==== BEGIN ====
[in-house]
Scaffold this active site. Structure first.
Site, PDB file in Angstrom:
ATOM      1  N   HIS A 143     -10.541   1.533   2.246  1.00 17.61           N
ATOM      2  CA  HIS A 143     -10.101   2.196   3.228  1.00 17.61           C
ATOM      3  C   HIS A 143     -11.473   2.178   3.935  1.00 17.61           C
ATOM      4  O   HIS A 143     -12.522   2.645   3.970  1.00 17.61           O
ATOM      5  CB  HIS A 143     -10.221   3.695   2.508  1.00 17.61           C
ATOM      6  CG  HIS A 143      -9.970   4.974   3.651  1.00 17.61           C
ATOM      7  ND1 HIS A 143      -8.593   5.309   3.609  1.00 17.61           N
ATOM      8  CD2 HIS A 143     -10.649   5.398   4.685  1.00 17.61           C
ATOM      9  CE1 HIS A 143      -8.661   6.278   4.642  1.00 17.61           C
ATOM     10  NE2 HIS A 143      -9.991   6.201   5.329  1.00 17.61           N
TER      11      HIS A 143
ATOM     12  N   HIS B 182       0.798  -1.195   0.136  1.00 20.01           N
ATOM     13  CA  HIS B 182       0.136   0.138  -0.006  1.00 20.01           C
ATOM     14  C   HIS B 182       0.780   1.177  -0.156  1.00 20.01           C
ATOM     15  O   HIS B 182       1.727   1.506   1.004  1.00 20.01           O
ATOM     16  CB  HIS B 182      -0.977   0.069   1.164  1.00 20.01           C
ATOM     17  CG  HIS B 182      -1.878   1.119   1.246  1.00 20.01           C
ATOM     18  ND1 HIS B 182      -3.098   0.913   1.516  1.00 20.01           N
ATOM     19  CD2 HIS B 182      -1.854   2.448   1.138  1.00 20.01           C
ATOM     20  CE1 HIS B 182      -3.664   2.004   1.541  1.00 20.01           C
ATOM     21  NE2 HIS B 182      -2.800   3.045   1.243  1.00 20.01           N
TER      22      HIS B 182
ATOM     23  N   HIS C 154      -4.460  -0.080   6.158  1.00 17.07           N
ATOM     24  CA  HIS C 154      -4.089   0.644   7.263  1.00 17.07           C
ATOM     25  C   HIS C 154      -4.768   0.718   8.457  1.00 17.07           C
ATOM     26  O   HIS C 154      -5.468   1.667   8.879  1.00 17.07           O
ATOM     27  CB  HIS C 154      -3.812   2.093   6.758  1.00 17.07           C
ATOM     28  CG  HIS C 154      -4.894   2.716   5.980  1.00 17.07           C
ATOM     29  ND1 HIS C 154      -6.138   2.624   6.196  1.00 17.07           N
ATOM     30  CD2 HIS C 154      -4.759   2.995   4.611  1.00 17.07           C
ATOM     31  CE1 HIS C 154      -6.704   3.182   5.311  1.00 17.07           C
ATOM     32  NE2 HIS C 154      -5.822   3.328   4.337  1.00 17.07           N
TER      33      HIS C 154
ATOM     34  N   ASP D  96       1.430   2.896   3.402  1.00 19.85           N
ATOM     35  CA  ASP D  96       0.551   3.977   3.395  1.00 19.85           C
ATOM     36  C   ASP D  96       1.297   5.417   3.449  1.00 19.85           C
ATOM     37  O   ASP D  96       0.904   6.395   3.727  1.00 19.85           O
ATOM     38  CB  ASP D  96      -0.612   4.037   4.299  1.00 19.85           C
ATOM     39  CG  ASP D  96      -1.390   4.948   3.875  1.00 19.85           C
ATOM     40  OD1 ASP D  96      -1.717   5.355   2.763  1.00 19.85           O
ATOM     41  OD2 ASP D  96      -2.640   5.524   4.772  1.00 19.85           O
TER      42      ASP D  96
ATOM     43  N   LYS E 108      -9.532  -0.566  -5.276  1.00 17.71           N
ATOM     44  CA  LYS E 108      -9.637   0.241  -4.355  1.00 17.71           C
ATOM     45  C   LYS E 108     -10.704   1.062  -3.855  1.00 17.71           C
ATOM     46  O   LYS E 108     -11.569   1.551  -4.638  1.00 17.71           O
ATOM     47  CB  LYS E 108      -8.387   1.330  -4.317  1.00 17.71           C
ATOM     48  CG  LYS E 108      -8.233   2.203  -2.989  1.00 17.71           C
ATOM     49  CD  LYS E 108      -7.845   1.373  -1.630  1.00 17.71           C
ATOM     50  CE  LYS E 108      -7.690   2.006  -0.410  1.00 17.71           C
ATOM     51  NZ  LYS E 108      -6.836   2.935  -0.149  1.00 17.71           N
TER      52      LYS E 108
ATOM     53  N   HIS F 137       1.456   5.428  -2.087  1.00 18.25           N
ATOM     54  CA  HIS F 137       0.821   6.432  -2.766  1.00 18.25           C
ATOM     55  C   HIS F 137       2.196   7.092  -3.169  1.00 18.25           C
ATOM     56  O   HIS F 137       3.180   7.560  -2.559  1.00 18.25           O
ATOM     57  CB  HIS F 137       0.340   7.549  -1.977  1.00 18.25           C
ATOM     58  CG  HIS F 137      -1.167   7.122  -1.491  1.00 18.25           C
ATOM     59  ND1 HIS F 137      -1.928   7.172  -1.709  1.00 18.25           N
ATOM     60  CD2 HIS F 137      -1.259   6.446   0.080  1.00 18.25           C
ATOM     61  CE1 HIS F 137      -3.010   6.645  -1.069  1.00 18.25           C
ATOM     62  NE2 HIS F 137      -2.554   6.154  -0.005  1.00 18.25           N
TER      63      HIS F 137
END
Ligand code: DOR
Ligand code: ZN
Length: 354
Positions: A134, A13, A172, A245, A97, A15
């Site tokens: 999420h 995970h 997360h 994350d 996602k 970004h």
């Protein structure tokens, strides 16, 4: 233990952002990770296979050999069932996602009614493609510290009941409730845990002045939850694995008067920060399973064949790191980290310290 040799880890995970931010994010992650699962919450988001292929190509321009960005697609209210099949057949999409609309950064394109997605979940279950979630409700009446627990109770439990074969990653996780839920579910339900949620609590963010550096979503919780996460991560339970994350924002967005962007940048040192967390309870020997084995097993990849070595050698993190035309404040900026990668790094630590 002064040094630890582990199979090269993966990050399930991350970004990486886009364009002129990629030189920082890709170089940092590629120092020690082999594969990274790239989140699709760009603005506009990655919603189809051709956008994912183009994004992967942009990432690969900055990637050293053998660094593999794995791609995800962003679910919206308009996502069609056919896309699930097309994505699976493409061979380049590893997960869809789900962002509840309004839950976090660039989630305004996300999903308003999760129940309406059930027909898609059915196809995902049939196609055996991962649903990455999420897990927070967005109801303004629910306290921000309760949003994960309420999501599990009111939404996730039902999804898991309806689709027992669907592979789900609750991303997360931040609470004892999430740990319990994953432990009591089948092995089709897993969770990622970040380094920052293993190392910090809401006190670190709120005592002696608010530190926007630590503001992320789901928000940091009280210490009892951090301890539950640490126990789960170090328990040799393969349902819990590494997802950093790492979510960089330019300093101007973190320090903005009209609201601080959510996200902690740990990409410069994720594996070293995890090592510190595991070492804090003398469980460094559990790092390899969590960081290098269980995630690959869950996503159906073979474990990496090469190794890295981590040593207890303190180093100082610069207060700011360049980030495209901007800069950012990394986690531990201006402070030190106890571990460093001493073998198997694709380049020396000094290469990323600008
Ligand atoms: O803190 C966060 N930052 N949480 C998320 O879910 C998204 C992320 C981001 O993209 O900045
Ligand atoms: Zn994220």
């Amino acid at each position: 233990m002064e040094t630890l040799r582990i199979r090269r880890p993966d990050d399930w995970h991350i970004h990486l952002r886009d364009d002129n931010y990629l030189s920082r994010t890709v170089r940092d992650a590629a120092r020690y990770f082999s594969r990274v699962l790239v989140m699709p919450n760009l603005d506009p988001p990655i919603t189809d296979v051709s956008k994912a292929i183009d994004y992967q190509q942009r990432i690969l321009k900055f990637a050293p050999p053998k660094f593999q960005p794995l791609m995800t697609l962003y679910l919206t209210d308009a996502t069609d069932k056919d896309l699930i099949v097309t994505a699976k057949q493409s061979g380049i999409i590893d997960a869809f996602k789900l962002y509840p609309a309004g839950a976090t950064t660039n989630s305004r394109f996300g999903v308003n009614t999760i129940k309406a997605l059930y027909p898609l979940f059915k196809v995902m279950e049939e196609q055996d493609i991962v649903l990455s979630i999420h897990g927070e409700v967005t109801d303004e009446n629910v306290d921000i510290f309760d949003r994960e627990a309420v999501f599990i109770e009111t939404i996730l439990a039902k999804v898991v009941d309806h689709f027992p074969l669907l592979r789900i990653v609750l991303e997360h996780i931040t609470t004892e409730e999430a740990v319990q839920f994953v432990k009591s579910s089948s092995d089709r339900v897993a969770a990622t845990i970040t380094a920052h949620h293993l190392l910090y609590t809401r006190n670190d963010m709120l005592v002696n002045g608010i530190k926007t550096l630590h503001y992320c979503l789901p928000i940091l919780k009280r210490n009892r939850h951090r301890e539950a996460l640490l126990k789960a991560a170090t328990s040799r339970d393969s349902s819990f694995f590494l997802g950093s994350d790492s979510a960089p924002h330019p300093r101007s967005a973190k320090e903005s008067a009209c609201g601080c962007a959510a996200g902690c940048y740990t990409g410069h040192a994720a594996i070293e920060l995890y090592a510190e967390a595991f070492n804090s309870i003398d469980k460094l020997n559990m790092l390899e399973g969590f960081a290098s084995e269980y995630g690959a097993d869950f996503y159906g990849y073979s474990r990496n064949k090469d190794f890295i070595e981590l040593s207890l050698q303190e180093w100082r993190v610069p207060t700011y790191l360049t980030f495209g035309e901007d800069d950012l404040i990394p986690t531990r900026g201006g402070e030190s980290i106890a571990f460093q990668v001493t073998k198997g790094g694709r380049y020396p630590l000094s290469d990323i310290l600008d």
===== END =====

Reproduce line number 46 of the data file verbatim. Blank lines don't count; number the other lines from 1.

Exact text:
ATOM     43  N   LYS E 108      -9.532  -0.566  -5.276  1.00 17.71           N